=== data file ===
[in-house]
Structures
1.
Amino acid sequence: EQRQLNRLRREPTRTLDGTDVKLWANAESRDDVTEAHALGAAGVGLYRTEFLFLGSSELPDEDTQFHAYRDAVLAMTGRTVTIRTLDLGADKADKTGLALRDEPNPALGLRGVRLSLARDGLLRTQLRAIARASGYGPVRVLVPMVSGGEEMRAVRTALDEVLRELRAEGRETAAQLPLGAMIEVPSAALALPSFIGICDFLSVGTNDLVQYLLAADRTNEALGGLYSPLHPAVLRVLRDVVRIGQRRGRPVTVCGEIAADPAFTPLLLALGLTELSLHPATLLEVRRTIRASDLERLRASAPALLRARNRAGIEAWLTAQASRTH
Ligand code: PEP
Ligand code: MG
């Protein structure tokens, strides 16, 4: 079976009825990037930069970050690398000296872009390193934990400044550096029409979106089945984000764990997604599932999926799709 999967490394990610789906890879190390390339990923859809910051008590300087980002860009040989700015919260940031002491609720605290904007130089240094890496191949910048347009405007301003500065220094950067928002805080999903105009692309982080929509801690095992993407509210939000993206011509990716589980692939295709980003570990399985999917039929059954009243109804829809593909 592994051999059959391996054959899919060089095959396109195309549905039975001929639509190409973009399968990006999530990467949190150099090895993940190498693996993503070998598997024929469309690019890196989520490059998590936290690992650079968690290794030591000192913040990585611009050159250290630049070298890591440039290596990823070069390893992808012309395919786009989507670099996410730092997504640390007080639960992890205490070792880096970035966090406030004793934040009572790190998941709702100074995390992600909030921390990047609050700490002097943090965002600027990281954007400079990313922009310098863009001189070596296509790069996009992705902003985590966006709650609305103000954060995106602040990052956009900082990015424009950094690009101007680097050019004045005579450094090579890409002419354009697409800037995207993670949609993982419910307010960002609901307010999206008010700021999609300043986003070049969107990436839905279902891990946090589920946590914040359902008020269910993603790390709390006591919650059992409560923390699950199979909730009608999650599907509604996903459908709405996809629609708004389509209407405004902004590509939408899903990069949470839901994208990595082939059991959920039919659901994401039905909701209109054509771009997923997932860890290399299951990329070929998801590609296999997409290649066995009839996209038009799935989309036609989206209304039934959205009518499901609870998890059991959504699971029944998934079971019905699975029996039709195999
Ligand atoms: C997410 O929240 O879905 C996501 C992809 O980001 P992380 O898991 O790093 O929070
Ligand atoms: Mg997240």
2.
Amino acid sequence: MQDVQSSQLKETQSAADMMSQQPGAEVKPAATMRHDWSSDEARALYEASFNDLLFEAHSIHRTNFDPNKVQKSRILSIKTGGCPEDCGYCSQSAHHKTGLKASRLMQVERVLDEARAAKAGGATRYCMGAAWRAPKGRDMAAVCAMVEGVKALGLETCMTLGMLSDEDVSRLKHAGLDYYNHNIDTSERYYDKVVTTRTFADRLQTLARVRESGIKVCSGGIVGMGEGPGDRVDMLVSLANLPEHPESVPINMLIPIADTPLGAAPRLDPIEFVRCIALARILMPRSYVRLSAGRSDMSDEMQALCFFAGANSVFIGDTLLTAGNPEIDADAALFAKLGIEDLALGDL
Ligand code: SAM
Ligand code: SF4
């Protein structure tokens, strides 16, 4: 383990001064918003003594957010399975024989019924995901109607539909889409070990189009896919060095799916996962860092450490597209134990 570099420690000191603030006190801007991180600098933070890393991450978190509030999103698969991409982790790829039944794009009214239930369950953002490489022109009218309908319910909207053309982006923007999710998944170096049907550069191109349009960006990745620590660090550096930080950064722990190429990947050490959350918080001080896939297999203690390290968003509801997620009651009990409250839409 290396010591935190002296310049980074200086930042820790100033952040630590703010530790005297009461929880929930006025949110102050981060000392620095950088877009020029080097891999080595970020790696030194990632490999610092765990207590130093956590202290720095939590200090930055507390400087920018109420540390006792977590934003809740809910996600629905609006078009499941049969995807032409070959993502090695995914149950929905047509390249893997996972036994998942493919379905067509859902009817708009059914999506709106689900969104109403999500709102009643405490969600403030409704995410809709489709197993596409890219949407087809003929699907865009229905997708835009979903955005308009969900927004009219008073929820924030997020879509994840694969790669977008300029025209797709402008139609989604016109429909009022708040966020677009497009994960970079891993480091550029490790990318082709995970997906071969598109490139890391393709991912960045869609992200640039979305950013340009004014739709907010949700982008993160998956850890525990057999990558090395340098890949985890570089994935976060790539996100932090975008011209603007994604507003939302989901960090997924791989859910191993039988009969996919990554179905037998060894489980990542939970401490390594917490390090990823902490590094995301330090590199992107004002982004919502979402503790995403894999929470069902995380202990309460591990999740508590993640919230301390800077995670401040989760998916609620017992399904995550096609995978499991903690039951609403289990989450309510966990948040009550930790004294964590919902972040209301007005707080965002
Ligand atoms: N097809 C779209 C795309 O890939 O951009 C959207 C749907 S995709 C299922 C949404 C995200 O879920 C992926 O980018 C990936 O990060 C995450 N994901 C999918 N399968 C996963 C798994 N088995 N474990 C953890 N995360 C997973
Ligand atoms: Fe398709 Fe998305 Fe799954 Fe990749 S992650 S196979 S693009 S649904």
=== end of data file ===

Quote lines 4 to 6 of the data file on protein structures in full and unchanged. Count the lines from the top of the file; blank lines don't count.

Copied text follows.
Amino acid sequence: EQRQLNRLRREPTRTLDGTDVKLWANAESRDDVTEAHALGAAGVGLYRTEFLFLGSSELPDEDTQFHAYRDAVLAMTGRTVTIRTLDLGADKADKTGLALRDEPNPALGLRGVRLSLARDGLLRTQLRAIARASGYGPVRVLVPMVSGGEEMRAVRTALDEVLRELRAEGRETAAQLPLGAMIEVPSAALALPSFIGICDFLSVGTNDLVQYLLAADRTNEALGGLYSPLHPAVLRVLRDVVRIGQRRGRPVTVCGEIAADPAFTPLLLALGLTELSLHPATLLEVRRTIRASDLERLRASAPALLRARNRAGIEAWLTAQASRTH
Ligand code: PEP
Ligand code: MG